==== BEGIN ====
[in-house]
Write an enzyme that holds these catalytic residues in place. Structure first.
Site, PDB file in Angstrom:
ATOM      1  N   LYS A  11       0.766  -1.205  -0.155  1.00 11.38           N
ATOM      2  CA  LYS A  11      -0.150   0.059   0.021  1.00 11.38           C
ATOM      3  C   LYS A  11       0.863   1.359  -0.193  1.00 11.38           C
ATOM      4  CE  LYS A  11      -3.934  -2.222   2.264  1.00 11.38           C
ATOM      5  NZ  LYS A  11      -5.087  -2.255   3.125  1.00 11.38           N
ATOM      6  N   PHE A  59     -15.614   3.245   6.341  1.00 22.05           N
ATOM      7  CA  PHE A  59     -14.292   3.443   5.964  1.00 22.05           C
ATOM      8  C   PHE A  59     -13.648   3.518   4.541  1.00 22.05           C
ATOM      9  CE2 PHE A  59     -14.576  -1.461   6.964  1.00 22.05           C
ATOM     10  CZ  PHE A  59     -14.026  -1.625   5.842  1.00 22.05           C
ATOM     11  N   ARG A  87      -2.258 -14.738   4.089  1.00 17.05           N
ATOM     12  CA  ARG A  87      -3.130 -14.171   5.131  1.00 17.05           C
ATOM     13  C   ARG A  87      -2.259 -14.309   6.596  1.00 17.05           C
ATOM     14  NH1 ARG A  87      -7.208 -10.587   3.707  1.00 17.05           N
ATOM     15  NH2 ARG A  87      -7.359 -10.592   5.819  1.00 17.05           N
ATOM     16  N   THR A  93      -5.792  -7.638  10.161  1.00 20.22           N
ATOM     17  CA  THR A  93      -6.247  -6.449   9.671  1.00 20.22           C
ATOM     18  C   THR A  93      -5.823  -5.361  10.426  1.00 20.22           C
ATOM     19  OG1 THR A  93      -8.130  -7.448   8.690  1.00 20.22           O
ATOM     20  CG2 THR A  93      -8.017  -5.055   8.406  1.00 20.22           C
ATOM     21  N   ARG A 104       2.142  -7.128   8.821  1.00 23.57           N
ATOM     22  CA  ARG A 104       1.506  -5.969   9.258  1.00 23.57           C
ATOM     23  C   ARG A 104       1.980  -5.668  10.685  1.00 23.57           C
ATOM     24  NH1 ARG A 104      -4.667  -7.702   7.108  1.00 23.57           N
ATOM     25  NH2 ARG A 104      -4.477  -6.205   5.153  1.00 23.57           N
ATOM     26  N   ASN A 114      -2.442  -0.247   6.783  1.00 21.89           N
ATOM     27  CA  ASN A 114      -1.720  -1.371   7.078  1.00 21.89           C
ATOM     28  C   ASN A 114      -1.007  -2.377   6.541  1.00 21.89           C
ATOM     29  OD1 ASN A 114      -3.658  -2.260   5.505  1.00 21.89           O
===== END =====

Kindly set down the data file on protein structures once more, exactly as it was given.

[in-house]
Write an enzyme that holds these catalytic residues in place. Structure first.
Site, PDB file in Angstrom:
ATOM      1  N   LYS A  11       0.766  -1.205  -0.155  1.00 11.38           N
ATOM      2  CA  LYS A  11      -0.150   0.059   0.021  1.00 11.38           C
ATOM      3  C   LYS A  11       0.863   1.359  -0.193  1.00 11.38           C
ATOM      4  CE  LYS A  11      -3.934  -2.222   2.264  1.00 11.38           C
ATOM      5  NZ  LYS A  11      -5.087  -2.255   3.125  1.00 11.38           N
ATOM      6  N   PHE A  59     -15.614   3.245   6.341  1.00 22.05           N
ATOM      7  CA  PHE A  59     -14.292   3.443   5.964  1.00 22.05           C
ATOM      8  C   PHE A  59     -13.648   3.518   4.541  1.00 22.05           C
ATOM      9  CE2 PHE A  59     -14.576  -1.461   6.964  1.00 22.05           C
ATOM     10  CZ  PHE A  59     -14.026  -1.625   5.842  1.00 22.05           C
ATOM     11  N   ARG A  87      -2.258 -14.738   4.089  1.00 17.05           N
ATOM     12  CA  ARG A  87      -3.130 -14.171   5.131  1.00 17.05           C
ATOM     13  C   ARG A  87      -2.259 -14.309   6.596  1.00 17.05           C
ATOM     14  NH1 ARG A  87      -7.208 -10.587   3.707  1.00 17.05           N
ATOM     15  NH2 ARG A  87      -7.359 -10.592   5.819  1.00 17.05           N
ATOM     16  N   THR A  93      -5.792  -7.638  10.161  1.00 20.22           N
ATOM     17  CA  THR A  93      -6.247  -6.449   9.671  1.00 20.22           C
ATOM     18  C   THR A  93      -5.823  -5.361  10.426  1.00 20.22           C
ATOM     19  OG1 THR A  93      -8.130  -7.448   8.690  1.00 20.22           O
ATOM     20  CG2 THR A  93      -8.017  -5.055   8.406  1.00 20.22           C
ATOM     21  N   ARG A 104       2.142  -7.128   8.821  1.00 23.57           N
ATOM     22  CA  ARG A 104       1.506  -5.969   9.258  1.00 23.57           C
ATOM     23  C   ARG A 104       1.980  -5.668  10.685  1.00 23.57           C
ATOM     24  NH1 ARG A 104      -4.667  -7.702   7.108  1.00 23.57           N
ATOM     25  NH2 ARG A 104      -4.477  -6.205   5.153  1.00 23.57           N
ATOM     26  N   ASN A 114      -2.442  -0.247   6.783  1.00 21.89           N
ATOM     27  CA  ASN A 114      -1.720  -1.371   7.078  1.00 21.89           C
ATOM     28  C   ASN A 114      -1.007  -2.377   6.541  1.00 21.89           C
ATOM     29  OD1 ASN A 114      -3.658  -2.260   5.505  1.00 21.89           O